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The UK has recently been added to the countries eligible for the US Global Entry program. As part of the Global Entry application, background checks are done to ensure that you're a "low risk traveller", and normally those involve checks with where you live.

On the CBP eligibility page, it says that GE is open to US citizens, without making mention of their country of residency. It also (as of quite recently) says it's open to British citizens.

To apply as a British (UK) citizen, you have to first get the UK government to complete background checks on you, and only then are you allowed to apply through the US GOES system. The UK application site for the background check says it's for British Citizens only.

What's the situation for US citizens living in the UK, can they still apply for Global Entry? And if so, do they skip the need for the UK background check, or if not then when process do they need to follow to get it done?

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You could also apply for NEXUS, which provides the same Global Entry benefits when entering the US as well as equivalent benefits when entering Canada. At $50 for 5 years it is half the price of Global Entry alone, though the cost is that the in-person interview can only be done at the subset of Global Entry locations where CBSA officers are also present (mostly at land border crossings and Canadian airports with US pre-clearance).

The reason this is relevant to your question is that, while NEXUS used to have a residence requirement for members, it is now explicitly open to Canadians and Americans no matter where they live as indicated by the CBSA web site:

To be eligible for the NEXUS, you must be a citizen or permanent resident of Canada or the United States.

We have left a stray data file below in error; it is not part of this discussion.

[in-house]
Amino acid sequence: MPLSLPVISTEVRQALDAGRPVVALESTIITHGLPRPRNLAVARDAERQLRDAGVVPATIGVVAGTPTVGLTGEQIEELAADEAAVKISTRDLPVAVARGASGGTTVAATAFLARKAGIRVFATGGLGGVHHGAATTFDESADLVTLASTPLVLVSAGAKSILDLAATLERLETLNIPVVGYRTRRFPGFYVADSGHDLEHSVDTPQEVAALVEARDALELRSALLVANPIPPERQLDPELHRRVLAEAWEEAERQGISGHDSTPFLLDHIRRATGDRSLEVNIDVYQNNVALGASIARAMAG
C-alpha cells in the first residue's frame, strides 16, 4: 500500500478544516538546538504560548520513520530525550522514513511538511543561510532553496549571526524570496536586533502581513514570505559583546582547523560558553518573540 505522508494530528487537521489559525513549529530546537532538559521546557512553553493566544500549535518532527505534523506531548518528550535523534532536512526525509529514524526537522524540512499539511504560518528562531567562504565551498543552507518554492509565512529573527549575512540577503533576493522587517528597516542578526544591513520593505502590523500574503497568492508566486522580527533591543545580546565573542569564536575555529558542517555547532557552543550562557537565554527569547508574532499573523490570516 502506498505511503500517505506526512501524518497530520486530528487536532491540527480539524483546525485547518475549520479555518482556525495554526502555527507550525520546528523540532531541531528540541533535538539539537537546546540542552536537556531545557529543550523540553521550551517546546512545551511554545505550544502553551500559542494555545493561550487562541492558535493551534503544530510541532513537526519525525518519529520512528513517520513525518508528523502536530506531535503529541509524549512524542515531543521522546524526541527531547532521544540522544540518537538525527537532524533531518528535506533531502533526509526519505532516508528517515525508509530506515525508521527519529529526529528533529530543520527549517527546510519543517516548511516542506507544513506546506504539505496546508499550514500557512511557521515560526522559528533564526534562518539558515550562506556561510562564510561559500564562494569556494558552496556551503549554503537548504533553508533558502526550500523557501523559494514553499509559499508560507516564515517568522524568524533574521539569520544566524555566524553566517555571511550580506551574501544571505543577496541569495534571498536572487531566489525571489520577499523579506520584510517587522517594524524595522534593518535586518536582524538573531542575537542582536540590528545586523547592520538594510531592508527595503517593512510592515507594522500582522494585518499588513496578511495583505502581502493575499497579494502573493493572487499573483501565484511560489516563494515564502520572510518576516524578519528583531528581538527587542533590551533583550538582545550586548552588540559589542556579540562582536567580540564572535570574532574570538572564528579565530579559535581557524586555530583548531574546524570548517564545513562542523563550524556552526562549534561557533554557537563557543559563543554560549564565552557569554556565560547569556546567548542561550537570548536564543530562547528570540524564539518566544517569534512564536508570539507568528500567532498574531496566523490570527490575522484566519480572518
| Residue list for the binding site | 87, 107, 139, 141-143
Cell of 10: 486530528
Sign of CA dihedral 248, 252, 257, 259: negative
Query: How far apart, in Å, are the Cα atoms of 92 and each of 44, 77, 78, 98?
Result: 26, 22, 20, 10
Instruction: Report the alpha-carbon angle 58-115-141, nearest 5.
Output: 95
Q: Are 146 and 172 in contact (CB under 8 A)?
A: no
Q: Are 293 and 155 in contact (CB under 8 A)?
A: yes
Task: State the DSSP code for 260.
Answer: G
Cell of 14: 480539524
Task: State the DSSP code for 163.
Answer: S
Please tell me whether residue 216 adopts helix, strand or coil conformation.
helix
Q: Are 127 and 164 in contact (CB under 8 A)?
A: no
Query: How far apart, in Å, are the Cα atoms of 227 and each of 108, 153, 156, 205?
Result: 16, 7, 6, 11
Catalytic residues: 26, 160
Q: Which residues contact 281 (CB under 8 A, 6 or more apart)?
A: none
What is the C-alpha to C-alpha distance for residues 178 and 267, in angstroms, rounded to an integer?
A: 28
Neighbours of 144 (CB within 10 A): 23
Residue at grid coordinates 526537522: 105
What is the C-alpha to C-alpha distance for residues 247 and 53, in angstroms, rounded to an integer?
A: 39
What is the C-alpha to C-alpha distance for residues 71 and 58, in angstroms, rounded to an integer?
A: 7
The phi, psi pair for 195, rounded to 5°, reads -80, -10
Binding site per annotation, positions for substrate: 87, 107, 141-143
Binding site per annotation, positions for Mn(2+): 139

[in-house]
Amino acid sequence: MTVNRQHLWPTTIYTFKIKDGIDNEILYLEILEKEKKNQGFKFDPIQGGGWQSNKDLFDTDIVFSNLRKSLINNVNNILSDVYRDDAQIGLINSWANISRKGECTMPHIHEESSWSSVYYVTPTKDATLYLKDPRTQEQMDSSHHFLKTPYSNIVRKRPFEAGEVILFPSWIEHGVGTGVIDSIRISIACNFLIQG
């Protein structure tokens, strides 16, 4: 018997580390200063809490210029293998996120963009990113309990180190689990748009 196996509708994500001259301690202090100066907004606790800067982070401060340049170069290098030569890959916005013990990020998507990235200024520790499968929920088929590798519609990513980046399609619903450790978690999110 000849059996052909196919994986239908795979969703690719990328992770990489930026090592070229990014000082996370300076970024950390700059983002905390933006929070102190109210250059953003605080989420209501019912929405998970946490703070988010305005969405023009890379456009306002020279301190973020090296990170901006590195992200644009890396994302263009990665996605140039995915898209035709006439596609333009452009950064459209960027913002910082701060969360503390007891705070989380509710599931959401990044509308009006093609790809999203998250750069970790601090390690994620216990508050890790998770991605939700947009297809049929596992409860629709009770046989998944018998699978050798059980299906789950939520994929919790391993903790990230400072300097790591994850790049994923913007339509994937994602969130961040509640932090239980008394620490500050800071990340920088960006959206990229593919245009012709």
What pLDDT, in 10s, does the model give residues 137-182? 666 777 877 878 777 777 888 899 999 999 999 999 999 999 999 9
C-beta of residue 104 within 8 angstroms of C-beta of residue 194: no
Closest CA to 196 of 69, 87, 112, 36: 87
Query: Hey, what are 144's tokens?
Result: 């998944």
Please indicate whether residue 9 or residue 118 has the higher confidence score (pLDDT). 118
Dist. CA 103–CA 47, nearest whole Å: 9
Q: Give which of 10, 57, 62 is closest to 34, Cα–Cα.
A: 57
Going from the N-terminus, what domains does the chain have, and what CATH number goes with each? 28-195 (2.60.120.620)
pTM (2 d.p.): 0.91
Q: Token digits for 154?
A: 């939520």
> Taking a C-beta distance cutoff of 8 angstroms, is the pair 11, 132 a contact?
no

Effective June 30, 2012, Canadian and American citizens living outside of Canada or the United States or who have recently returned to either country and have not previously been able to meet the three-year residency requirement are now eligible to apply.

Note that NEXUS used to be a program separate from Global Entry (NEXUS members couldn't use the Global Entry kiosks at US airports) but got turned into GE+Canada when the US opened GE to foreigners. I believe the change to eliminate the residence requirement was done to make it match what GE allowed for Americans already; it is certainly clear that the US would not allow Canadians living in random countries to use GE machines when entering the US if they denied Americans the same privilege.

So if you are a US citizen you can apply for Global Entry where ever you reside without a prior requirement for a background check from that country. I had an American co-worker living in Hong Kong who joined Global Entry while there, so I'm sure even residence in a place with privacy laws that likely preclude such checks from abroad doesn't disqualify an American. While it could be that there are certain countries of residence which would cause them to decline a GE application from a US citizen, it is pretty certain that the UK won't be one of them.